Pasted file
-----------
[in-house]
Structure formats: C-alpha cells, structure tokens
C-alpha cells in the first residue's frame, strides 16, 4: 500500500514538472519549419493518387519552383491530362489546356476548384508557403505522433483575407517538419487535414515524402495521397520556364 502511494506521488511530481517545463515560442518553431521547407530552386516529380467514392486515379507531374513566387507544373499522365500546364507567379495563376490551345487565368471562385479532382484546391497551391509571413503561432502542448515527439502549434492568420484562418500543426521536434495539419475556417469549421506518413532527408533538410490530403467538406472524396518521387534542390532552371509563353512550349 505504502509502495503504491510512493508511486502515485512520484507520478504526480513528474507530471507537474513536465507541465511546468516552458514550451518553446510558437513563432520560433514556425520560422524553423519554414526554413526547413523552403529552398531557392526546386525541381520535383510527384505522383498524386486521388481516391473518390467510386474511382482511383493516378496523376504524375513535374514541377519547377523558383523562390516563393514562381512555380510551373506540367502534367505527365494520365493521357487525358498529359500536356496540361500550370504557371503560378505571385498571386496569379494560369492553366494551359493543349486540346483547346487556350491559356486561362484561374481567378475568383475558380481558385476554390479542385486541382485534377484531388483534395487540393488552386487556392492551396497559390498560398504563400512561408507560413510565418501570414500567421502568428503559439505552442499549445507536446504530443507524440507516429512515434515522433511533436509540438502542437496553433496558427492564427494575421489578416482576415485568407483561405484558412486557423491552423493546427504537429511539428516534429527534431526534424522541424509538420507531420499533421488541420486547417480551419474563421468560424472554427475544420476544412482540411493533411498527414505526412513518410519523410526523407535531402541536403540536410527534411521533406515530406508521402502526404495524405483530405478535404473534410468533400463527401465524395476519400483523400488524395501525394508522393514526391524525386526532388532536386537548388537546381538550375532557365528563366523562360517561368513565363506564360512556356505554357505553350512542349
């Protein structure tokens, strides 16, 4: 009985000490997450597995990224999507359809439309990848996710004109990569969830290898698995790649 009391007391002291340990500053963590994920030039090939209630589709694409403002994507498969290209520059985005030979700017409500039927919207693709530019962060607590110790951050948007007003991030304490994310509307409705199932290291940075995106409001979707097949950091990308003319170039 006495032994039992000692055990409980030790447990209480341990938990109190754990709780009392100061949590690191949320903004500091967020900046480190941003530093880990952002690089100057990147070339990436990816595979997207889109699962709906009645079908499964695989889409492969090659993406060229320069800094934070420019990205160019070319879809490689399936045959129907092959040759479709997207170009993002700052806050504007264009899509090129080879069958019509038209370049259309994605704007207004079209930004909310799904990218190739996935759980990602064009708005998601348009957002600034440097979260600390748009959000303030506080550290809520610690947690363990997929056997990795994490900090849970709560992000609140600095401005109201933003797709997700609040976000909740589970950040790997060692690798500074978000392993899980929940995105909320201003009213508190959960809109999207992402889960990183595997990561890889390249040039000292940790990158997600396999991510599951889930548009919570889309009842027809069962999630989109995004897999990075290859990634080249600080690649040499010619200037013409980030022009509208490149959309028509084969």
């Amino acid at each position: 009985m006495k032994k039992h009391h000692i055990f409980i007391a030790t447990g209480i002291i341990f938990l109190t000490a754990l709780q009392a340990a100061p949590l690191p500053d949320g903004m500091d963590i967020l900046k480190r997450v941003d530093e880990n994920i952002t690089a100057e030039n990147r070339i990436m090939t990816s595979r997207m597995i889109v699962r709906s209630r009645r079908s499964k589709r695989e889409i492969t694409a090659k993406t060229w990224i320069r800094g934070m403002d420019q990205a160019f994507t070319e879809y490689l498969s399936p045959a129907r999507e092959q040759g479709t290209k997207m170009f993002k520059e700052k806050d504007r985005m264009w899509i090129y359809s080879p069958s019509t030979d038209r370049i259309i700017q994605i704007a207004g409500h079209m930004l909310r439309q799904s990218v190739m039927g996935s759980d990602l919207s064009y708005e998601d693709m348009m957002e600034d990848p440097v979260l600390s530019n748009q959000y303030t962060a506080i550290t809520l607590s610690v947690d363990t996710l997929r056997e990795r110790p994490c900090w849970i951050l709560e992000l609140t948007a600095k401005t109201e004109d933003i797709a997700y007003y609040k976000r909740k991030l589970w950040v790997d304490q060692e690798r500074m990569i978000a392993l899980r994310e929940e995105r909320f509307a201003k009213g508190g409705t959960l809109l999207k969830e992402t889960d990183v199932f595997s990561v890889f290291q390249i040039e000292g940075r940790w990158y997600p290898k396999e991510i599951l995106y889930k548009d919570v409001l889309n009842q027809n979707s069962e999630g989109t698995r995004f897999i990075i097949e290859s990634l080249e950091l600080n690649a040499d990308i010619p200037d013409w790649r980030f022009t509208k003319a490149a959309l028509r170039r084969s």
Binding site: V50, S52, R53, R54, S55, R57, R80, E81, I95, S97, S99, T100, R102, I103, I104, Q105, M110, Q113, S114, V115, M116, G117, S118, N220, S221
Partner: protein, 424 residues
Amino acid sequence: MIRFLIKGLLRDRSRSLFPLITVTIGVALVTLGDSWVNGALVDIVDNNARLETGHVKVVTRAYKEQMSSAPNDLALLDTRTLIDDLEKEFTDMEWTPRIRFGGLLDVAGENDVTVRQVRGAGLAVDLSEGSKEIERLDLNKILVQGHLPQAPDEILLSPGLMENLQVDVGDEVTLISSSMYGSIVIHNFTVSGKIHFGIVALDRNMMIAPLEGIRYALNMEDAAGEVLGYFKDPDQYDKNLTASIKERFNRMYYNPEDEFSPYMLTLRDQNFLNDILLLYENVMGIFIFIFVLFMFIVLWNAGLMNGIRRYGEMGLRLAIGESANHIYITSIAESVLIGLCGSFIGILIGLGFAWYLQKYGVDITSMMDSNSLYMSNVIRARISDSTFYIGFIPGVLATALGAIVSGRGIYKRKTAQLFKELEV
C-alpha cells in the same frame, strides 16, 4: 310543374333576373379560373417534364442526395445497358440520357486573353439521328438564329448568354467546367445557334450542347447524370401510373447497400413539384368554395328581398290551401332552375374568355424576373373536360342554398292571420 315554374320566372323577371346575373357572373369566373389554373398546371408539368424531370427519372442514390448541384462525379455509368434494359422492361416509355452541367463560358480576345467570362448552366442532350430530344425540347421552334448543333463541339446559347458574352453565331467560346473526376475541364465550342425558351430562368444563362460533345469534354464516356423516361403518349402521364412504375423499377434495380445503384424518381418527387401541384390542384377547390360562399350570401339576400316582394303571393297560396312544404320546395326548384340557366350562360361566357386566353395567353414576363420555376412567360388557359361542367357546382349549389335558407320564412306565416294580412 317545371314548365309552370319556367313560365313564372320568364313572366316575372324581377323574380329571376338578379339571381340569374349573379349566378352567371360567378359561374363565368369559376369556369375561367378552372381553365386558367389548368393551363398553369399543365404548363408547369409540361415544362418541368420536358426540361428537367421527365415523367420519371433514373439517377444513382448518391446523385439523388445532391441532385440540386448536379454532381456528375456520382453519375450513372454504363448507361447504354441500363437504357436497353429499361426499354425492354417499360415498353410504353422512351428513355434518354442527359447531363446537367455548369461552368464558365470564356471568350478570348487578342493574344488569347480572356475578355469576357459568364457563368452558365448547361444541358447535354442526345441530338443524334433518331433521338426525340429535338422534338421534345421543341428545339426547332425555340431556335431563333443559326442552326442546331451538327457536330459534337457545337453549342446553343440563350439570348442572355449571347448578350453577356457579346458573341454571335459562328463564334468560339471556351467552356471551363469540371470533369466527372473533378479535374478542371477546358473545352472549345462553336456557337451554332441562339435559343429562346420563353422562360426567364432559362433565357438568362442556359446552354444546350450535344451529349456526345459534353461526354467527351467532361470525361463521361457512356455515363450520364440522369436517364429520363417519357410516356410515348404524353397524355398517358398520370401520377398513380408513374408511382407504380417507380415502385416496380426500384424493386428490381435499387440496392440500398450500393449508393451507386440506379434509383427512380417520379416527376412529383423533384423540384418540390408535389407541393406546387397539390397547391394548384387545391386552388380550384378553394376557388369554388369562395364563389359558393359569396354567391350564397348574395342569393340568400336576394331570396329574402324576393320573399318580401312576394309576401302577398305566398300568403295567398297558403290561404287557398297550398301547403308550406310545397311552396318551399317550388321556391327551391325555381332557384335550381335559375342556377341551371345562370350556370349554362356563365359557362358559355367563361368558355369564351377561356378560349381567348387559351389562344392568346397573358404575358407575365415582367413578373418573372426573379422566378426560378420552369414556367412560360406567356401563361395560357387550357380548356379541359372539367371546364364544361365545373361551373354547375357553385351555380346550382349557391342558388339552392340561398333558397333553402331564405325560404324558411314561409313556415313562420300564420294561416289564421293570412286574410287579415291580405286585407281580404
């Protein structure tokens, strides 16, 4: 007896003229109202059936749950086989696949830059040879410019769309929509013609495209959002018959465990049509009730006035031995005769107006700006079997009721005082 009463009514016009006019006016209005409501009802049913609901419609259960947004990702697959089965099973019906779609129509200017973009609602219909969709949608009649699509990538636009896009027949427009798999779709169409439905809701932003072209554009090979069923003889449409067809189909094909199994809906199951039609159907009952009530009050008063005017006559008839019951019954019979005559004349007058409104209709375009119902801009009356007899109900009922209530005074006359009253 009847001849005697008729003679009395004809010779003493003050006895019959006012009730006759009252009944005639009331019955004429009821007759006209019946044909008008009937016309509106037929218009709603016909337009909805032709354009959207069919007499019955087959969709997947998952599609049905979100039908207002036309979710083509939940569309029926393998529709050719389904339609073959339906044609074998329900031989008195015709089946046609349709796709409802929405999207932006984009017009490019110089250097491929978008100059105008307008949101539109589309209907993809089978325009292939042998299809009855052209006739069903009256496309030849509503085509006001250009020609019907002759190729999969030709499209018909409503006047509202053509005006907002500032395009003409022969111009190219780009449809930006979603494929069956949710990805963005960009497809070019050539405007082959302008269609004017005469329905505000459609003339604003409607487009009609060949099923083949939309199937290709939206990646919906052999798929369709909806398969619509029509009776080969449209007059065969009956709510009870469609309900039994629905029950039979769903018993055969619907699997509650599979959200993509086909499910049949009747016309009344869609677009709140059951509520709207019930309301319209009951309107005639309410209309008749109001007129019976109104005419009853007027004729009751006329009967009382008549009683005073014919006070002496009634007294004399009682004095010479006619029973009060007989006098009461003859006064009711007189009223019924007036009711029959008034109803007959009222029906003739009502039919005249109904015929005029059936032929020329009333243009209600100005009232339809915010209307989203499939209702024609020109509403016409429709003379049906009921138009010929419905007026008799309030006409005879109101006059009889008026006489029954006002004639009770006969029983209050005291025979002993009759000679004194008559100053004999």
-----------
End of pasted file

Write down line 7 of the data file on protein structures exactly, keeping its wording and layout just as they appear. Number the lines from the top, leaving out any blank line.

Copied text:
Partner: protein, 424 residues